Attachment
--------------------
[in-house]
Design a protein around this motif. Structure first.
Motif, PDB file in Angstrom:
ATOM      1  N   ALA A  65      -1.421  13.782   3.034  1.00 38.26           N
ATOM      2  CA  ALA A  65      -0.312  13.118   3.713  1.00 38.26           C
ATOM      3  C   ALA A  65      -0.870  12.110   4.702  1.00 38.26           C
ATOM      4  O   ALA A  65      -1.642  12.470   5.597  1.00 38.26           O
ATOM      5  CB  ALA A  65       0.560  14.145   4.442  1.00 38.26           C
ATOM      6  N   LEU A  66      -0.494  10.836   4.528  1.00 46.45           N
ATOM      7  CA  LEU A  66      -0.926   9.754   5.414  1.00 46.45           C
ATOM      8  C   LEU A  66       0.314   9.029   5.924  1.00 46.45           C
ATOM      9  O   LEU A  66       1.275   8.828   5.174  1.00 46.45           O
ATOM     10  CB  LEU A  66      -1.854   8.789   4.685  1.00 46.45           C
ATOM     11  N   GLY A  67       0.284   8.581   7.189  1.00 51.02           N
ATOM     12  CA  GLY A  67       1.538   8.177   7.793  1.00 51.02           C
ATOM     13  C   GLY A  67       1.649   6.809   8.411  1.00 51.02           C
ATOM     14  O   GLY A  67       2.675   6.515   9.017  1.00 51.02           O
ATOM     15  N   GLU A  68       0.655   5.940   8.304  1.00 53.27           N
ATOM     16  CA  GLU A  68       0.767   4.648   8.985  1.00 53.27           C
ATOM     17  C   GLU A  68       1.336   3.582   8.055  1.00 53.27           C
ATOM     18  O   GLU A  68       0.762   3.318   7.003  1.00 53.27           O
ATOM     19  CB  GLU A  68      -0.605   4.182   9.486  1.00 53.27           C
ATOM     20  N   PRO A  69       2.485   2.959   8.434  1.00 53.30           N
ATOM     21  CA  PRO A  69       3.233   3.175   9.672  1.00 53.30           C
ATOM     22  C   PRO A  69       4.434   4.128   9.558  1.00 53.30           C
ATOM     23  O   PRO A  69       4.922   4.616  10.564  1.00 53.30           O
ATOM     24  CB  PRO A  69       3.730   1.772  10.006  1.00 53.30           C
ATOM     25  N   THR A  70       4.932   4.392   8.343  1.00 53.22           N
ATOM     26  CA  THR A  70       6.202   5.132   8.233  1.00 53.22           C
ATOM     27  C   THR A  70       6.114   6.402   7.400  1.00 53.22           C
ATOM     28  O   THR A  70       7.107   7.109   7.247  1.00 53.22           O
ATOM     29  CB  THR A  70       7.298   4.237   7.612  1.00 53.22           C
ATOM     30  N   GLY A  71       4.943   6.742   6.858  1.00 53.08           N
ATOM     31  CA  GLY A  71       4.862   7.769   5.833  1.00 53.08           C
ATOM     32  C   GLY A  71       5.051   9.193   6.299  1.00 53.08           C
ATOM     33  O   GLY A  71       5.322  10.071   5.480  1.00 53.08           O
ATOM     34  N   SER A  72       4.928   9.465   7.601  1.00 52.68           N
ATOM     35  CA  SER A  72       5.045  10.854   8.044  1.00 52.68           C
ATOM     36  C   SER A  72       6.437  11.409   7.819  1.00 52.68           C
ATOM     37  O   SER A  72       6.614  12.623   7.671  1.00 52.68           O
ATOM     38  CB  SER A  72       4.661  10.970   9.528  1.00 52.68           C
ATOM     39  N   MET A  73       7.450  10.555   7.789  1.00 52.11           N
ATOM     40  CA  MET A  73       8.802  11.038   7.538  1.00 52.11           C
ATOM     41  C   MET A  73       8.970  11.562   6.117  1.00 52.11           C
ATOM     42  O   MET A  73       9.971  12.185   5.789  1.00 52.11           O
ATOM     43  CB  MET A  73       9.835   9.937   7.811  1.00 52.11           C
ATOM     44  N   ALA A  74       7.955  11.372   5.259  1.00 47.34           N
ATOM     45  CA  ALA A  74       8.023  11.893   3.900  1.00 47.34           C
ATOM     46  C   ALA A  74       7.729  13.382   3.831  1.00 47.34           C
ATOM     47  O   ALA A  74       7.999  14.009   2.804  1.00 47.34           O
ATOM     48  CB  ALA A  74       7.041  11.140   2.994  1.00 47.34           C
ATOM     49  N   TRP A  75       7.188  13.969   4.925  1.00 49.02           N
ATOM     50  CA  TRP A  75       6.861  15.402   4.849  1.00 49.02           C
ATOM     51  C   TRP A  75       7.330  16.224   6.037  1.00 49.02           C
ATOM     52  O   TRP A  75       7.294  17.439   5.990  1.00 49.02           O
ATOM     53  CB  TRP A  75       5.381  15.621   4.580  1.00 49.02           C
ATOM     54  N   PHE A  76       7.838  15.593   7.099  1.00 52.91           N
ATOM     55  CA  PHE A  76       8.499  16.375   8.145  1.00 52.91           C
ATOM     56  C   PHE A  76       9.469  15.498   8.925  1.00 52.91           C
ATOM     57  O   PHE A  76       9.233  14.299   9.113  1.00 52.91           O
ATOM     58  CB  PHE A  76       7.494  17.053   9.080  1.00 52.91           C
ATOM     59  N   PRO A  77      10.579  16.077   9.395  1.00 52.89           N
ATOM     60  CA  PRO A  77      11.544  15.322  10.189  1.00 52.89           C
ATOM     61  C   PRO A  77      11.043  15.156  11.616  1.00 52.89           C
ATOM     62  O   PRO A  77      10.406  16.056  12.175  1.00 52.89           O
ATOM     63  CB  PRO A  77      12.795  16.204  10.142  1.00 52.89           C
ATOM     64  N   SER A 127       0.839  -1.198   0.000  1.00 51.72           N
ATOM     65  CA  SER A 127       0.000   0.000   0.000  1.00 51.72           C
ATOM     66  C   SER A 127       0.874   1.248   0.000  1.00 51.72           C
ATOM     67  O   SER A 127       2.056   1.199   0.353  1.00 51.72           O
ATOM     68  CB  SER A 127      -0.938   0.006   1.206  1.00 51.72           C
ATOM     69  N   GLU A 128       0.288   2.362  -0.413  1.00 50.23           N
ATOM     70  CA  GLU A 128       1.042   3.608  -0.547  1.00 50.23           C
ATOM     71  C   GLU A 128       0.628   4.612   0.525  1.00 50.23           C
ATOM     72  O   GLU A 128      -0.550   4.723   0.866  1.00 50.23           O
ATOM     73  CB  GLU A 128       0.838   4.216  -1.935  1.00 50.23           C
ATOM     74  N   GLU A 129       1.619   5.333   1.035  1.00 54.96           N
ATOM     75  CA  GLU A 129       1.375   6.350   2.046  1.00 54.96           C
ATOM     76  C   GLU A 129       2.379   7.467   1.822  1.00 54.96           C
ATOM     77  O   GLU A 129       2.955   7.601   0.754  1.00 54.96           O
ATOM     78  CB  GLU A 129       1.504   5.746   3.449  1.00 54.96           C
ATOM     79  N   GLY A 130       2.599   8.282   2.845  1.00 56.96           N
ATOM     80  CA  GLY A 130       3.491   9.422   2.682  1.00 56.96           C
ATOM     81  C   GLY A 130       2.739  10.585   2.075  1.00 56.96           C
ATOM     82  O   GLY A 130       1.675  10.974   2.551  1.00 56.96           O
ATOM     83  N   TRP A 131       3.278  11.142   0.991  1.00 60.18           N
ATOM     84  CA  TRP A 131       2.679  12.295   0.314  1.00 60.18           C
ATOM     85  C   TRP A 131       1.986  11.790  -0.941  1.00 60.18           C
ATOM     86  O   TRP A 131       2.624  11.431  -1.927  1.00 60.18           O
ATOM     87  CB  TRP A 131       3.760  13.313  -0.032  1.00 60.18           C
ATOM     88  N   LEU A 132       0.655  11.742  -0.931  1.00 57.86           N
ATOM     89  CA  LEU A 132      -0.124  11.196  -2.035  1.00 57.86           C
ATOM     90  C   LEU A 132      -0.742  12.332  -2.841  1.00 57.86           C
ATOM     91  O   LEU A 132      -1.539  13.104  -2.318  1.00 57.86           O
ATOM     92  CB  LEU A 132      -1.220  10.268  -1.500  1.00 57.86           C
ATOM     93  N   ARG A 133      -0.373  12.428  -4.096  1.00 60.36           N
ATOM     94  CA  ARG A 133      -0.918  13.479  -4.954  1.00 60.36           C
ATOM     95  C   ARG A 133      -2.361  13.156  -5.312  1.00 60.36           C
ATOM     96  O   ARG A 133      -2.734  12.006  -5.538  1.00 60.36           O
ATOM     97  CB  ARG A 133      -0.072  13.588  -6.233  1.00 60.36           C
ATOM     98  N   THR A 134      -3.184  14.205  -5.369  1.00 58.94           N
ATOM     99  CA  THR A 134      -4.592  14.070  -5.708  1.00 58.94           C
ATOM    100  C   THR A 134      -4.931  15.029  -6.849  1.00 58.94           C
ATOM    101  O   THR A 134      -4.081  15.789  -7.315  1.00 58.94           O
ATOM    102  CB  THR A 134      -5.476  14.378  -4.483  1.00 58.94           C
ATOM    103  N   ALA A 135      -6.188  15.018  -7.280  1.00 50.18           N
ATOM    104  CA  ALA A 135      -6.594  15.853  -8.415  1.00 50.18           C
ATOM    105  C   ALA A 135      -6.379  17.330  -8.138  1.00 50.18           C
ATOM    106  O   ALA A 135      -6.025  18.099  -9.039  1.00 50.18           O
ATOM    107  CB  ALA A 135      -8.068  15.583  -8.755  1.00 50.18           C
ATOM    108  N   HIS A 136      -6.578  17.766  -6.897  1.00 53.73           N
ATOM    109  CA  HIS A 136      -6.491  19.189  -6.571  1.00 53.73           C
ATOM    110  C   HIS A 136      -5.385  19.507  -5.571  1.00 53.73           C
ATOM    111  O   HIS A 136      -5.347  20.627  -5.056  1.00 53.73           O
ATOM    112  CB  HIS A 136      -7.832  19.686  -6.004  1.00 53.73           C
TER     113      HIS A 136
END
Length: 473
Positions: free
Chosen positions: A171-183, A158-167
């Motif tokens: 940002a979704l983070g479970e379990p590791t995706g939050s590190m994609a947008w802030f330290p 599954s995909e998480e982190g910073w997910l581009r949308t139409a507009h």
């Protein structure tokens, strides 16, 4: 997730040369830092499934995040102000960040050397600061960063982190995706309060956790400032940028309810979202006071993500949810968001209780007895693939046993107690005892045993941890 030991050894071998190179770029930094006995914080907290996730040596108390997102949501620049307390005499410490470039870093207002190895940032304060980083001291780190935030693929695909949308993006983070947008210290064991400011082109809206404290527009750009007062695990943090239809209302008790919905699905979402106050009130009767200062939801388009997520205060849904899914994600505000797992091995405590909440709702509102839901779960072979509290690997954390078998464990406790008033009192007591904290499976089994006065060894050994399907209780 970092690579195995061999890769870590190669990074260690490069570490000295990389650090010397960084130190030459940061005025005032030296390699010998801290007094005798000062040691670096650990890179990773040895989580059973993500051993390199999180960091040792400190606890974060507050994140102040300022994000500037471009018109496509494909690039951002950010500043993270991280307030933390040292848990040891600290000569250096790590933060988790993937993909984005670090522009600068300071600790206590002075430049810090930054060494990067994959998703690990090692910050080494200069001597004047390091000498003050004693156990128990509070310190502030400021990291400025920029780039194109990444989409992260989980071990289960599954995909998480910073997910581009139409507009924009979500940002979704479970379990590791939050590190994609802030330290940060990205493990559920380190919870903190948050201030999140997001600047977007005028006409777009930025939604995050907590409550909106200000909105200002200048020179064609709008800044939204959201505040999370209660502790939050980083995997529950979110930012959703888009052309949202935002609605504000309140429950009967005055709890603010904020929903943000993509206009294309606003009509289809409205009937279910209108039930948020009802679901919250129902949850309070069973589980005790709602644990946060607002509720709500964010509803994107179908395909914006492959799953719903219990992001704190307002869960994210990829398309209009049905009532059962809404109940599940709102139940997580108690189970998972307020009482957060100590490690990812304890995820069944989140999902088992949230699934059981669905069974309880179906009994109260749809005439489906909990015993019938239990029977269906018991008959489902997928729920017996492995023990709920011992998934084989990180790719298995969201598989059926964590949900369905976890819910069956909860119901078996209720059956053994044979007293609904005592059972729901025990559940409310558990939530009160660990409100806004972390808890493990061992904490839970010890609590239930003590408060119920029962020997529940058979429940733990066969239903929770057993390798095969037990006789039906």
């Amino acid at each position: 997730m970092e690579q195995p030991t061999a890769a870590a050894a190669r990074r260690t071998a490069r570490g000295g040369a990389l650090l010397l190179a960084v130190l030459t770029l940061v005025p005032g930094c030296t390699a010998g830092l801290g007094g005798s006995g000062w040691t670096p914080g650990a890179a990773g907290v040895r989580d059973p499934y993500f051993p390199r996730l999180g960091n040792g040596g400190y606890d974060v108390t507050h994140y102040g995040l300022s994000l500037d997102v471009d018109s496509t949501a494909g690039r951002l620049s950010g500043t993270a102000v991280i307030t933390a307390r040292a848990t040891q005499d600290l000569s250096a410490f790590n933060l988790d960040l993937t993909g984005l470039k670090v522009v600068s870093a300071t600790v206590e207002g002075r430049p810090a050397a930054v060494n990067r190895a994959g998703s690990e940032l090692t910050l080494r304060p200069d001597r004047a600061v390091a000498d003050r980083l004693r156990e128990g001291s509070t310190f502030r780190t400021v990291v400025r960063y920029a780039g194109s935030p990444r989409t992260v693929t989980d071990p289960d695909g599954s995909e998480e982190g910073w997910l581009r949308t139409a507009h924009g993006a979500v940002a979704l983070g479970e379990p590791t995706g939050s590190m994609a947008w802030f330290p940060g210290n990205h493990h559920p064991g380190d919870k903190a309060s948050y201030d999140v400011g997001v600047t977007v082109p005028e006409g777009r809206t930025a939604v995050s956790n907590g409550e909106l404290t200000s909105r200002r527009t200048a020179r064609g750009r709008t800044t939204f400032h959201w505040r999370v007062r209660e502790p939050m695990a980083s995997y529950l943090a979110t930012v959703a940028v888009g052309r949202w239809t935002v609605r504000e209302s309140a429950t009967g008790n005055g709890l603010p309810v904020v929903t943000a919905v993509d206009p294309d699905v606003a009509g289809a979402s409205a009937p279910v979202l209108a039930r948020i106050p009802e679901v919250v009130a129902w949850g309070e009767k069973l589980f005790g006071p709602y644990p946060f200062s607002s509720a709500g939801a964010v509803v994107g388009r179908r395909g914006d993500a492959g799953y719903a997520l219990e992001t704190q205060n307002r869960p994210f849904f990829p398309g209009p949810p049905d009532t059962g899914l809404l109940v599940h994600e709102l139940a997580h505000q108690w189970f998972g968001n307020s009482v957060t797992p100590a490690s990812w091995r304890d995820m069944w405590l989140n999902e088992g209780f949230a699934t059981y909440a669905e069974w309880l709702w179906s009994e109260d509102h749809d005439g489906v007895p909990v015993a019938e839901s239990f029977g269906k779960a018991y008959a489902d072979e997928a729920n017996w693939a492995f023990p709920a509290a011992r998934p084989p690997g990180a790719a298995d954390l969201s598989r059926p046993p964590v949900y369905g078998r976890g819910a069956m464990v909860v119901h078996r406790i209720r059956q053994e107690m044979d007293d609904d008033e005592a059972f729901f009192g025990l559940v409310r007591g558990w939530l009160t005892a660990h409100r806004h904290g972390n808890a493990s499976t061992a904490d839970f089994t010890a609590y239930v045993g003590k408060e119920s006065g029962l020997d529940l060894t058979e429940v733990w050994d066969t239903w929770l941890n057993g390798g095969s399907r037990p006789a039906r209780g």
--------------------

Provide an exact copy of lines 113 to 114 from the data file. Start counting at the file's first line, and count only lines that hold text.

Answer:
ATOM    110  C   HIS A 136      -5.385  19.507  -5.571  1.00 53.73           C
ATOM    111  O   HIS A 136      -5.347  20.627  -5.056  1.00 53.73           O